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Shultz Comes Back After His Bout With Hodgkin's Disease

September 06, 1987|HERSCHEL NISSENSON | Associated Press

WEST POINT, N.Y. — Ed Shultz has learned a new meaning to the football term "two-a-days."

That's because a major portion of Shultz's winter "conditioning" program consisted of two 30-second blasts of radiation almost daily for cancer of the lymph nodes, alias Hodgkin's disease.

Army's 6-foot-4, 250-pound offensive tackle doesn't have the familiar zipper scar on a knee or shoulder.

Instead, he has a vertical foot-long reminder that runs through his navel where his spleen was removed -- "They told me I didn't need it anyway" -- and a much smaller one on the side of his neck where a swollen lymph node was removed for a biopsy.

Although he was allowed to attend about half of Army's games last season and got to go home to Coatesville, Pa., for Christmas and New Year's, Shultz was "stationed" at Walter Reed Army Hospital in Washington, D.C., from October until the middle of February. He underwent radiation "two-a-days" almost every weekday.

After starting every game in 1985, Shultz injured a shoulder in the 1986 opener, which turned out to be his only appearance of a season in which he was supposed to be the Cadets' top lineman.

"One of the symptoms of Hodgkin's is that you don't heal as fast," he says. "I jammed a finger the first week of practice and it just would not get better."

Shultz missed Army's second contest. On Sept. 27, he awoke in his hotel room, less than 12 hours before his scheduled return to action against Wake Forest, to find his neck had swollen from 19 1/2 to about 23 inches.

"I thought maybe I had caught a cold in the air conditioning," he said. "I didn't do anything right away because I didn't feel like I was dying or anything."

Trainer Gene Benner sent Shultz to the U.S. Military Academy hospital, where doctors found his white blood cell count was high but couldn't determine why. Several days later, they shipped him to Washington.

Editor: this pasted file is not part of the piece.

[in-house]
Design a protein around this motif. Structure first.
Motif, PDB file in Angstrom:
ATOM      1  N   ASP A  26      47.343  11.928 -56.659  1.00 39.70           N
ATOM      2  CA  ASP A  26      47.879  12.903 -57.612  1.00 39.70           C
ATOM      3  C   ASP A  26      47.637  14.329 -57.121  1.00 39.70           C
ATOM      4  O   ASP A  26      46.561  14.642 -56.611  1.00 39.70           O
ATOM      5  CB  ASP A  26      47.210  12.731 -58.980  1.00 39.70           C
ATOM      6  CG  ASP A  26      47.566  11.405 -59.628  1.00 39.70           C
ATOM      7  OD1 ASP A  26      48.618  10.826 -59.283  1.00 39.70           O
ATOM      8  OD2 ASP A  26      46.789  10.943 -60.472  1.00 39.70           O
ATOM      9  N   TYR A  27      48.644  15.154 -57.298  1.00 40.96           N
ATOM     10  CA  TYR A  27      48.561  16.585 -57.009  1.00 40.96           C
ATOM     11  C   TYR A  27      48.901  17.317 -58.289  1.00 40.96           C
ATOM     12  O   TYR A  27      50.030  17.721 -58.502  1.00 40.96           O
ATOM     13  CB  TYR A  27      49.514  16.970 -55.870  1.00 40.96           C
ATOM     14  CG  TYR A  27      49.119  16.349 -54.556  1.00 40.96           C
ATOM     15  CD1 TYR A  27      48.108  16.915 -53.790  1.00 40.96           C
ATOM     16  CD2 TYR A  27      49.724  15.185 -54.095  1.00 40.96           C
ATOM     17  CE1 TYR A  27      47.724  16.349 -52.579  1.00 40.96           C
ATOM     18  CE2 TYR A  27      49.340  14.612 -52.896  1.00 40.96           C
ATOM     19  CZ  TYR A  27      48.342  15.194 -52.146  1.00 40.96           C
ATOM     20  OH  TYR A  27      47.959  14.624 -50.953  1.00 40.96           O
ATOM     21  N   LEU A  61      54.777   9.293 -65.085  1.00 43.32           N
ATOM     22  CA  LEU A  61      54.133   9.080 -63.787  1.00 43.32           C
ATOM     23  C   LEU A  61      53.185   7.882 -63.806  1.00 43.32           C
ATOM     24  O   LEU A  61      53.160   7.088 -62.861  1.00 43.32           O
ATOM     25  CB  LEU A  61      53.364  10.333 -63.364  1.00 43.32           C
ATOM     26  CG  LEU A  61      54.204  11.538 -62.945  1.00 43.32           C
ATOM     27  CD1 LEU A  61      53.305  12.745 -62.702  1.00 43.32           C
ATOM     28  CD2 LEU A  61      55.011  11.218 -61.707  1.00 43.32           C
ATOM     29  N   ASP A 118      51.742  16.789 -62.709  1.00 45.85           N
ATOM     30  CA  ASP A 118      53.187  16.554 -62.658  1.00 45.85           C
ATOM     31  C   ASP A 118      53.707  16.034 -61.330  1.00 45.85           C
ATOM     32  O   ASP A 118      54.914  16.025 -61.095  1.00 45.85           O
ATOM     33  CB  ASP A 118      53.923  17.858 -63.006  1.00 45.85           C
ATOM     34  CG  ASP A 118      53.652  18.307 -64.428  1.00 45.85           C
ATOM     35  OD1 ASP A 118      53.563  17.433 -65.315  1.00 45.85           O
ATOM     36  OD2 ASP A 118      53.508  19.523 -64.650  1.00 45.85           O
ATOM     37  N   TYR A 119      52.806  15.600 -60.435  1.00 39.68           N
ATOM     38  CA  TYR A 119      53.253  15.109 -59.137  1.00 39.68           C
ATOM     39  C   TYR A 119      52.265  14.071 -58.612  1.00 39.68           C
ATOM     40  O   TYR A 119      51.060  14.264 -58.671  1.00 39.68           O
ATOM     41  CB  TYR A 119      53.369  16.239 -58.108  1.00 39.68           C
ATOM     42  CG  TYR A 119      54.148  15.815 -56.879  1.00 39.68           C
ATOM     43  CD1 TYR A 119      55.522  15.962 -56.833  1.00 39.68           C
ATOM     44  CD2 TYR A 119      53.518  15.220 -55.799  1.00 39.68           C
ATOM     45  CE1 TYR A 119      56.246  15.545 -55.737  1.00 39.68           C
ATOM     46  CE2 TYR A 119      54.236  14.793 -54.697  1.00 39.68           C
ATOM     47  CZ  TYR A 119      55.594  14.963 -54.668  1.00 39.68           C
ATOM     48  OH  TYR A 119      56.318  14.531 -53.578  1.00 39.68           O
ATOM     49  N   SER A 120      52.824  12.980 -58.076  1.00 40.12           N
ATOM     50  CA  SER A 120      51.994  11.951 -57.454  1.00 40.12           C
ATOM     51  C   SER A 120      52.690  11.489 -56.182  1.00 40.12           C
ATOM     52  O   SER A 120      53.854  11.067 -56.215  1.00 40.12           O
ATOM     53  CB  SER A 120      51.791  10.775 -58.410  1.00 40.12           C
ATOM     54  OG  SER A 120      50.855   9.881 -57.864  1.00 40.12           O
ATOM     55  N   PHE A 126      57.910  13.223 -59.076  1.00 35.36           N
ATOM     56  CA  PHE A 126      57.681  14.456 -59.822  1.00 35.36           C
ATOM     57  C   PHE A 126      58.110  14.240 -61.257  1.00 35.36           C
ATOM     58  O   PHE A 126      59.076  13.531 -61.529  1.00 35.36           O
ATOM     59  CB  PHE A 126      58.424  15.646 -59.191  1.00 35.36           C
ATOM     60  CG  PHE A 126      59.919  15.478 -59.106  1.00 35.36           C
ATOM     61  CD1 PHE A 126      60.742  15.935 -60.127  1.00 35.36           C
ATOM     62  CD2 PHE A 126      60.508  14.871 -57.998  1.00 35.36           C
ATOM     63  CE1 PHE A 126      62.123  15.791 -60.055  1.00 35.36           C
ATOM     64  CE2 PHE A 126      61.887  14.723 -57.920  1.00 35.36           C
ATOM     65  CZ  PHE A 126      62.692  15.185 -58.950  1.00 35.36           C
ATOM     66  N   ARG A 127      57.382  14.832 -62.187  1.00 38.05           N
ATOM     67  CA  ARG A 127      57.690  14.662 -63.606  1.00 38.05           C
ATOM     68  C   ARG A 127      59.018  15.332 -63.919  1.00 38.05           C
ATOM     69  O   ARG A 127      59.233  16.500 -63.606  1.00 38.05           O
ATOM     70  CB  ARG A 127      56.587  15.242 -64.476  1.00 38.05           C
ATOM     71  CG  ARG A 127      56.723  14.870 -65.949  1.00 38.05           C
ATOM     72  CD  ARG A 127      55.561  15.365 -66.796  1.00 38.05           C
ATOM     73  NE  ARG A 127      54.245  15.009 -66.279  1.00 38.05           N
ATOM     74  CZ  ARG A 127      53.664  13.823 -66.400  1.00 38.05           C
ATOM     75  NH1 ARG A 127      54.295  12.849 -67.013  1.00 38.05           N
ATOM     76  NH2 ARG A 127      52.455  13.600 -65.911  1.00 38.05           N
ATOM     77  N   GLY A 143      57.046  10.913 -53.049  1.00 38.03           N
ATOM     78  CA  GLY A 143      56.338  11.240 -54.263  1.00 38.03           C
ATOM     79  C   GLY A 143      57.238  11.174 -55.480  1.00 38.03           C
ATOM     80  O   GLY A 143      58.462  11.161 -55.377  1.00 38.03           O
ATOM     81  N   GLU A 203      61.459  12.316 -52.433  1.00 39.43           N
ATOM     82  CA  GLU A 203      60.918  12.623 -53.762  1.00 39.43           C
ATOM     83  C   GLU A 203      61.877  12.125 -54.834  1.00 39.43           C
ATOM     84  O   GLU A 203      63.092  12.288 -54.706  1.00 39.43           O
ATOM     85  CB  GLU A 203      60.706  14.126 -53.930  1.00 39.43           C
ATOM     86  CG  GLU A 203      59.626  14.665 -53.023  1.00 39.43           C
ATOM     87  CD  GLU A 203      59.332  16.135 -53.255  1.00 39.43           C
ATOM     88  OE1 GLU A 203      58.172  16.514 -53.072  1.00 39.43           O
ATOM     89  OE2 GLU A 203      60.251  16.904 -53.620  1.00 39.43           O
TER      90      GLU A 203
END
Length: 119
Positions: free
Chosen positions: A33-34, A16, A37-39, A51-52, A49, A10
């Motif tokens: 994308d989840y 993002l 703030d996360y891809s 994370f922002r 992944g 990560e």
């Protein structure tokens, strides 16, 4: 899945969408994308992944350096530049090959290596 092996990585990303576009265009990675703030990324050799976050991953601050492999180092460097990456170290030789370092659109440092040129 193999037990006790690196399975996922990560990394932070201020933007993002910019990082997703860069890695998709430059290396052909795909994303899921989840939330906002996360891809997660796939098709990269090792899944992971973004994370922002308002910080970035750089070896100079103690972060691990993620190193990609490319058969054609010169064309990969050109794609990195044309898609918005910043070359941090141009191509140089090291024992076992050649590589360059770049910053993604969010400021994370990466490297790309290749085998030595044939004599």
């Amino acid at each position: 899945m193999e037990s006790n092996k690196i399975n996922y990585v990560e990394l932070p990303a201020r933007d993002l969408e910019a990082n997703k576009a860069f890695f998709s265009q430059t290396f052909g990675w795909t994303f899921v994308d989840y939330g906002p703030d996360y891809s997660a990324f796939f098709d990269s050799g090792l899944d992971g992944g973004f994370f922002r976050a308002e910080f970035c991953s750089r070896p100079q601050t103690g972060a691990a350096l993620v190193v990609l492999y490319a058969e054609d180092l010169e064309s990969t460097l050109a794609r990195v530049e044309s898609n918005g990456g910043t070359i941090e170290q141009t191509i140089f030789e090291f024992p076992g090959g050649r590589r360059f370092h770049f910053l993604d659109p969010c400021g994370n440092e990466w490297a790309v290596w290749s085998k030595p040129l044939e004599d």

"I was scared when they told me I was going to Walter Reed," Shultz says. "I figured something was wrong and I didn't know how to react. About a week later they did the biopsy.

"I had heard of Hodgkin's disease, but I had no idea what it was. The first thing they said was that there was a good recovery rate as long as they caught it early. They were throwing out numbers like 85-90 percent."

The doctors told Shultz he would undergo chemotherapy if the disease was confined below his diaphragm, radiation if it was localized in his neck and chest.

"I was scared," he says. "I knew cancer could kill people, but I didn't really think about dying. I just wanted to know how long it was going to last.

"What really helped me a lot was one guy who came to see me, a West Point graduate who was working in Washington. He said he had Hodgkin's in the worst possible stage after he graduated. He had chemotherapy and radiation and he's perfectly fine now.

"He said if anything, I'd get bored with the treatment. I was a lot calmer from that point on. And I got very bored with the treatment."

Shultz still feels some of the effects of the radiation, although his voice has lost its scratchiness and his hair has grown back as long as the military allows it.

"My lungs were real beat up," he says. "They're only about 75 percent of capacity, and that hasn't changed since February. The doctors don't know if it will come back. Some people it does, some people it doesn't.

"I still have a lot of trouble running. When I first came back, I couldn't even walk up the stairs to the stadium.

"All the muscles are kind of weak in the areas where I had the radiation, my neck in particular. I'm having a little trouble sustaining my blocks."

With Army's opener against Holy Cross two weeks away, he has worked his way up to No. 2 left tackle on the depth chart.

"Strength-wise and stamina-wise, he's maybe 80-85 percent of what he was," says offensive coordinator Jim Shuck. "The touchy thing from a coaching standpoint is how much can we push him?"

Shultz missed almost all of spring practice, although he started running some. He is listed as a senior, but missed a half-year of classes and won't graduate until December 1988, making him eligible to play next season, if he wants to.

"We'll see how this year goes," he says. "I know I can play almost as good as I used to."

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